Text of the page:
THE FATE OF LEBANON & THE REST OF US
By Alan Caruba
That is the sad truth about Lebanon. What it has been unable or unwilling to do for itself, will be done by Israel when it shatters the strongholds of Hezbollah to end the rain of Iranian-made rockets on its cities. This time, Israel will withdraw to its borders, leaving Lebanon yet another opportunity to assert its sovereignty.
Ambassador Gillerman recalled a sunnier time in Lebanon’s recent history, prior to 1975, “when the Lebanese began their long descent into oppression and terror. This is a country that has been held hostage for more than 32 years by tyrants from the north and terrorists from the south.”
Carved out of the defeated Ottoman Empire after World War I by the French and English, Lebanon became a unique place where its large Christian population achieved a successful measure of governance in cooperation with Muslim citizens. The result was a place that was often called the Paris of the Middle East, a place that became a modern financial hub to the region.
With the fall of the Ottoman Empire after World War I, Lebanon became a French protectorate, while Iraq and Jordan fell under the influence of the British, who also oversaw affairs in the desolate area to the south called Palestine. Following World War II, Jewish refugees from the Nazi Holocaust and earlier Jewish settlers would establish the State of Israel in 1948.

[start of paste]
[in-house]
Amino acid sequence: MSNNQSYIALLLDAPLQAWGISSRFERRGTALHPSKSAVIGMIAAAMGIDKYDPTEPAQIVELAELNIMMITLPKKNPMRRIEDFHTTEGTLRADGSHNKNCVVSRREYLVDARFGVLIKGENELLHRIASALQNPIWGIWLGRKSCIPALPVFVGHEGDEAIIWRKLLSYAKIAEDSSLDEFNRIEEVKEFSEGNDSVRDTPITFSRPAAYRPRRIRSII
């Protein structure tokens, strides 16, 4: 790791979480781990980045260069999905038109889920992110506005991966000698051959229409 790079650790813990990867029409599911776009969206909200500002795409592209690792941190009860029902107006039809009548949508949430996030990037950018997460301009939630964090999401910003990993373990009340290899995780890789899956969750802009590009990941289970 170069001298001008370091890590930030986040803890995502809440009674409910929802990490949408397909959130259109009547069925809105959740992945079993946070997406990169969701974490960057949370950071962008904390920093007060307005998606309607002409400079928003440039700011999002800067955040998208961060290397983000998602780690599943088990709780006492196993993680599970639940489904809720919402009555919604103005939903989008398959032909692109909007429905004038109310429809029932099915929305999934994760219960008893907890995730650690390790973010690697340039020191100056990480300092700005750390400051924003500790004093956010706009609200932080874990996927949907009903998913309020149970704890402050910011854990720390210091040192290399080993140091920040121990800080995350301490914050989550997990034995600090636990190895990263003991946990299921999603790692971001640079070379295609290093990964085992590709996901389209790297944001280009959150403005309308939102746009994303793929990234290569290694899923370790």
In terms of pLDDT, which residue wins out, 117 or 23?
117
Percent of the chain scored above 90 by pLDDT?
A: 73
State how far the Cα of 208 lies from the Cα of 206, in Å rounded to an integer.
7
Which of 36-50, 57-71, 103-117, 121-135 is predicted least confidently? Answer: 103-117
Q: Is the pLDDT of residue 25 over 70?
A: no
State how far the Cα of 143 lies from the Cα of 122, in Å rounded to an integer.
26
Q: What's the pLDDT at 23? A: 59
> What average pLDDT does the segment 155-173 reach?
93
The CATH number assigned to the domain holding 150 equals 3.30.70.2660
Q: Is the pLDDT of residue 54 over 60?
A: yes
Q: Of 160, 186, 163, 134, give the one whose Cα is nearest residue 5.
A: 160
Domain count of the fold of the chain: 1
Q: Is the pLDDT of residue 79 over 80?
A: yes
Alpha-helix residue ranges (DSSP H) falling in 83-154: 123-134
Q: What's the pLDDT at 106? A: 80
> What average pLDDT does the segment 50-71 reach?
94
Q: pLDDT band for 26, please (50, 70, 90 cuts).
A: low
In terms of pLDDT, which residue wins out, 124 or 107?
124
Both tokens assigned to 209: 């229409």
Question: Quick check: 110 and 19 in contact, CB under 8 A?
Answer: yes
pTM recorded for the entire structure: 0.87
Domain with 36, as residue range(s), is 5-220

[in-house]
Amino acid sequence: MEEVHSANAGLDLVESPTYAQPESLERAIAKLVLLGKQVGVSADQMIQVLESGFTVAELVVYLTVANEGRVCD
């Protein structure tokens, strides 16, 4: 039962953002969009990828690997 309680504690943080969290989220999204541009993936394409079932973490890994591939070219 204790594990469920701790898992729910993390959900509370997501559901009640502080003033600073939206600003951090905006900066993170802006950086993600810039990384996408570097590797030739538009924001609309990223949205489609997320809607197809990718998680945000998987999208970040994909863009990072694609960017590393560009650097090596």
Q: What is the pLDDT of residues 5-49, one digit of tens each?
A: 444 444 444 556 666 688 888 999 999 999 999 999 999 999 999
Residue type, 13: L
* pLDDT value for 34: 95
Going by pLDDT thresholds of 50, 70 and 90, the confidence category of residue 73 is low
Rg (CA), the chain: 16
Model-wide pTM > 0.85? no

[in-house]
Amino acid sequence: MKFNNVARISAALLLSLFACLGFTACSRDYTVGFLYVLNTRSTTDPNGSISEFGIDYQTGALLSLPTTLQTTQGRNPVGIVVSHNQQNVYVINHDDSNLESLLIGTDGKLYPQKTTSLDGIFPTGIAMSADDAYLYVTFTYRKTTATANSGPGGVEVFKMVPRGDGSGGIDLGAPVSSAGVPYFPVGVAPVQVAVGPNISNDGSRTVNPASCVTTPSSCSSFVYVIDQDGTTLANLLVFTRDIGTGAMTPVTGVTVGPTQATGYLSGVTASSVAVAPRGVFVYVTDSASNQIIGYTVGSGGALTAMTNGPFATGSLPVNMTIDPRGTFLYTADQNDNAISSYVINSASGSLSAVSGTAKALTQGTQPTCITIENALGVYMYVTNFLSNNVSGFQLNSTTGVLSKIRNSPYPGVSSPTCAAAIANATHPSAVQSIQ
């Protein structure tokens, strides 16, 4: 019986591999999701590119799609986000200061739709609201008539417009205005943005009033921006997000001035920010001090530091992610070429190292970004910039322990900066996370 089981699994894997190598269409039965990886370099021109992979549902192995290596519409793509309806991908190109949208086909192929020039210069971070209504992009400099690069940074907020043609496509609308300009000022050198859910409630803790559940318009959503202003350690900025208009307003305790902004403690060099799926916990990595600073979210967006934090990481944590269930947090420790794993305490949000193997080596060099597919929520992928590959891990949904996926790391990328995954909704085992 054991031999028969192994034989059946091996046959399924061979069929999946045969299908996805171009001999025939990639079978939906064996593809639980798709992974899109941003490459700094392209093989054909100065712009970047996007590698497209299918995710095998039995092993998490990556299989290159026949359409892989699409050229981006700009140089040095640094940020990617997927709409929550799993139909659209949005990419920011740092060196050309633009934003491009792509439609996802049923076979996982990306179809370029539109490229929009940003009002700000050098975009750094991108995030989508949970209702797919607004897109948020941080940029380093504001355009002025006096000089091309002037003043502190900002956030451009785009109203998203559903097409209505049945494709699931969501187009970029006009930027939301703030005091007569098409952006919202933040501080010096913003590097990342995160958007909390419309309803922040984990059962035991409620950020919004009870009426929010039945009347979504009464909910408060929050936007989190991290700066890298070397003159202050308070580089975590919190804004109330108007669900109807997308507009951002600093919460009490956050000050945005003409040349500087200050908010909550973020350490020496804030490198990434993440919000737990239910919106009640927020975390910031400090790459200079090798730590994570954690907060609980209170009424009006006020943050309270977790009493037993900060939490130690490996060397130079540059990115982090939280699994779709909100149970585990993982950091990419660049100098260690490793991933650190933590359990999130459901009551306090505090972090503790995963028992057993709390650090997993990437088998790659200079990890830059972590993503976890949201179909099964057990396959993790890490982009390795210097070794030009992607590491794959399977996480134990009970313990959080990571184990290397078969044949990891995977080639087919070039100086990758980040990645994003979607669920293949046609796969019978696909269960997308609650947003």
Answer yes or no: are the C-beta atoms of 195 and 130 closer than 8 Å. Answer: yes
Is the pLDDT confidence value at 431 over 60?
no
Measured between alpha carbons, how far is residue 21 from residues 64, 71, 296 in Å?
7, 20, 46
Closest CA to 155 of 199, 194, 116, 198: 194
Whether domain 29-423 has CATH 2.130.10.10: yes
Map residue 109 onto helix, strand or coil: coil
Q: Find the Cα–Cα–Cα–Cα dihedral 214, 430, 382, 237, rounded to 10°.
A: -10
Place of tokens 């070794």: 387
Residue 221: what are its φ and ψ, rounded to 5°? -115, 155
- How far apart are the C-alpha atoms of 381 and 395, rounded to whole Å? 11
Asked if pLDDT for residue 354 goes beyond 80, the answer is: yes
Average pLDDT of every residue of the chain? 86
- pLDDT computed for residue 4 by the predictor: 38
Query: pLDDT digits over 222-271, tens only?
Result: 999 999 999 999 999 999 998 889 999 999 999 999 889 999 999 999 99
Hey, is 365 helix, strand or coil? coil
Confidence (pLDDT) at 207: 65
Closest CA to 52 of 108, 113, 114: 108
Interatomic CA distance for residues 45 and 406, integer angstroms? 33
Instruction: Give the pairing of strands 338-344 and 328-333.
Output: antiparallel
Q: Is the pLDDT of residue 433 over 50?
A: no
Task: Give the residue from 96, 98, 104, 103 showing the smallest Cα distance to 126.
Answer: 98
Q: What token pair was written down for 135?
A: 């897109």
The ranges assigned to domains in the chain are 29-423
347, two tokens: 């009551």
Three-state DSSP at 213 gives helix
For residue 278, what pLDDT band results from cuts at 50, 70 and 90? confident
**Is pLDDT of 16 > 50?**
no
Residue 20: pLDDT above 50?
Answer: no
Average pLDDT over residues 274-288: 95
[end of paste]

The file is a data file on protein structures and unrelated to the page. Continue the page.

The Lebanese “Cedar Revolution” that began on March 14, 2005, when more than a million Lebanese poured into the streets of Beirut to protest the February assassination of former Prime Minister Rafiq Hariri, was brief. Anger, frustration, and desperation had overcome the fear of Syrian repression.
On April 26, 2005, the last of the Syrian army departed, but Hezbollah, a militant Islamic organization dedicated to the destruction of Israel, ruled southern Lebanon.
The Syrians had moved into Lebanon ostensibly to bring an end to a 15-year civil war (1975-1990) that had been triggered by an influx of heavily armed Palestinian refugees, driven from Jordan after their failed effort to overthrow the Hashemite monarchy.
Reduced to its simplest terms, it was a war between Christians and Muslims. It was, however, more complex because, in Lebanon, everyone is defined by their religion, and this includes whether one is Roman Catholic, Greek Orthodox, Shia, Sunni, Druze, or Maronite. The differences are exaggerated in the hothouse atmosphere of Islamic fantasies.
Israel, in effect, accepted Syrian control of Lebanon, in exchange for Syria's exercise of control over Hezbollah. Yes, some rockets might hit northern Israel from time to time, but that was a small price to pay. Too many rockets put an end to that compromise. In time, Israel moved troops into the southern part of Lebanon to create a security zone. In 2000, Israel withdrew, having suffered too many casualties among its forces from a low-intensity warfare against them.